- Recipient´s tax domicile is in EU/EEA (except Liechtenstein - Footnote#1) and
- Legal entity form is similar to a Finnish incorporated legal entity,
- Similar dividend would be exempt from tax if paid to a Finnish corporate entity under § 6 a, Business Tax Act (EVL),
- No full credit (Footnote#2) can be made in the recipient´s country of tax domicile, as explained by the recipient, under the provisions of the Double Tax Convention between Finland and the recipient´s country of tax domicile.
Legal entity form can be regarded as similar to a Finnish incorporated legal entity if the foreign entity meets the requirements of provision § 3, Income Tax Act - Footnote#4. These foreign companies usually have to fulfill at least the following requirements:
- They are separate legal persons in their home countries;
- They are, under the applicable Double Tax Convention, regarded as residents of a contracting state, and thus entitled to the benefits of the Double Tax Convention.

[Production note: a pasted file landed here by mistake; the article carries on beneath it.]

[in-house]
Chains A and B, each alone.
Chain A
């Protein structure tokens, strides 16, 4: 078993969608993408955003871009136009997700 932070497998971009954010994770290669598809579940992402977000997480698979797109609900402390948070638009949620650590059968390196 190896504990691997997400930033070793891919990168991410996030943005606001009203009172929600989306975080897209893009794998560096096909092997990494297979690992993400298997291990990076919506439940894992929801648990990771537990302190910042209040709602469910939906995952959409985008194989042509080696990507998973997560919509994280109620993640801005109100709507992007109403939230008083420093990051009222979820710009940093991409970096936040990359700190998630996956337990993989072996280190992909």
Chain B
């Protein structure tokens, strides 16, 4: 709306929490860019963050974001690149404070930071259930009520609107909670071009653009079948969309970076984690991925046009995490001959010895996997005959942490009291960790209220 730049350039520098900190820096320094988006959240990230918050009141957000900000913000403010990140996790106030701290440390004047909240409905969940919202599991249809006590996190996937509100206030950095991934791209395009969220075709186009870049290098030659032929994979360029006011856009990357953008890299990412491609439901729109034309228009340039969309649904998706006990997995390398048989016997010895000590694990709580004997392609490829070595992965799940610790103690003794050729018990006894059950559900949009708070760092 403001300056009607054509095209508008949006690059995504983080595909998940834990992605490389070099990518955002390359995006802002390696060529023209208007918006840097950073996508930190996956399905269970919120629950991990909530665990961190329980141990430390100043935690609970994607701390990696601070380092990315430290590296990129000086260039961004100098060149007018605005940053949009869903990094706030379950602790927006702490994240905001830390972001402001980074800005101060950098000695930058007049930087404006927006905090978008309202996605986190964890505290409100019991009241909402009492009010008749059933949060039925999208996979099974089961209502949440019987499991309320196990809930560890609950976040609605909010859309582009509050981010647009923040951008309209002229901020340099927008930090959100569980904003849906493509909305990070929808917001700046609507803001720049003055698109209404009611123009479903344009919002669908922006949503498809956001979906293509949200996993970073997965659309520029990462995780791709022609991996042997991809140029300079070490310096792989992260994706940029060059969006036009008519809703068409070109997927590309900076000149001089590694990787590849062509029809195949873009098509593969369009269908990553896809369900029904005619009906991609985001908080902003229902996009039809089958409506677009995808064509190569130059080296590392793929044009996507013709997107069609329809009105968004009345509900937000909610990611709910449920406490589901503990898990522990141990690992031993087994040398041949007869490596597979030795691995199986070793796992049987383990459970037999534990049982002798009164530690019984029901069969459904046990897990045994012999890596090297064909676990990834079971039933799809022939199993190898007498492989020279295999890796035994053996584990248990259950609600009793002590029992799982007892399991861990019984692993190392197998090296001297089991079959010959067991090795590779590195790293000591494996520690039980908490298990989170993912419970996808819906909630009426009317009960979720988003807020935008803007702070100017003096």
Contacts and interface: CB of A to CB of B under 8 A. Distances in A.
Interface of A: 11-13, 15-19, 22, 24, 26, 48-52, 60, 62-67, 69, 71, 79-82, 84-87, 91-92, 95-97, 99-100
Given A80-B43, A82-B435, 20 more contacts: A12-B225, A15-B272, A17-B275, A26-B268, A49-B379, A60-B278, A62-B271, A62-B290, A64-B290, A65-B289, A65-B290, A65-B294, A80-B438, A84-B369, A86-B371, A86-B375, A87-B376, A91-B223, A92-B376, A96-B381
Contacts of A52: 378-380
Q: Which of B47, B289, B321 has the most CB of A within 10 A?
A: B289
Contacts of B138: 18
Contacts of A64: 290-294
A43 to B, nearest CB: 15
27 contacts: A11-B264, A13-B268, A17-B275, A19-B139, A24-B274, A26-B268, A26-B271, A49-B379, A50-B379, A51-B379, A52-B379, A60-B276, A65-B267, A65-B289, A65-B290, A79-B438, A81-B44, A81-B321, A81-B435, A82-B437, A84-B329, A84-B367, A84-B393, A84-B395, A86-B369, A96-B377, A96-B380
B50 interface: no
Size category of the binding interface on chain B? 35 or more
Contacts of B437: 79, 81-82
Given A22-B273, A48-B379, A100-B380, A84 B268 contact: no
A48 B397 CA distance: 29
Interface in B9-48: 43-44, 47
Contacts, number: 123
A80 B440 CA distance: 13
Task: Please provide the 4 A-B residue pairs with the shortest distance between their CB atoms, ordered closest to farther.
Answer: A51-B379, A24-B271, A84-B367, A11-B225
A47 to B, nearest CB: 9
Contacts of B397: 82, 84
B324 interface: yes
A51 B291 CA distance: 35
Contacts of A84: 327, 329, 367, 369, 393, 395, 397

However, careful and separate examination will be necessary for each case, because of the large number of various legal entities in foreign countries, because of the legislation varying from country to country, and because of foreign legislation that may be subject to amendments.
Dividends that match the characterization of § 6 a, Business Tax Act (EVL), are those which are not subject to tax under the very provision of § 6 a . This means distributions of profits to shareholders, usually by joint-stock companies, which are tax-exempt because multiple taxation would occur if they were taxable. Thus, under the official decision KHO 12.3.2010/470, profit distribution of a Sicav entity in Luxembourg can be regarded as a dividend distribution. Furthermore, receipts of dividend are taxable in the hands of the beneficiary, and the beneficiary cannot be regarded as a vehicle or unit that becomes looked through in taxation.
Consequently, payments of dividend to a foreign company (nonresident) will be exempt from tax at source in Finland, if the requirements are met as listed in § 3, Act governing taxation at source. In reference to legal provisions currently in force, and to ruling KHO 2010:15, no tax at source is to be levied on payments of dividend to a Sicav entity from Luxembourg, the dividends being within the definition of § 6 a, Business Tax Act (EVL). The requirements of Act governing taxation at source are met (e.g. the beneficiary also directly owns at least 10% of the capital in the company paying out dividend) in this case.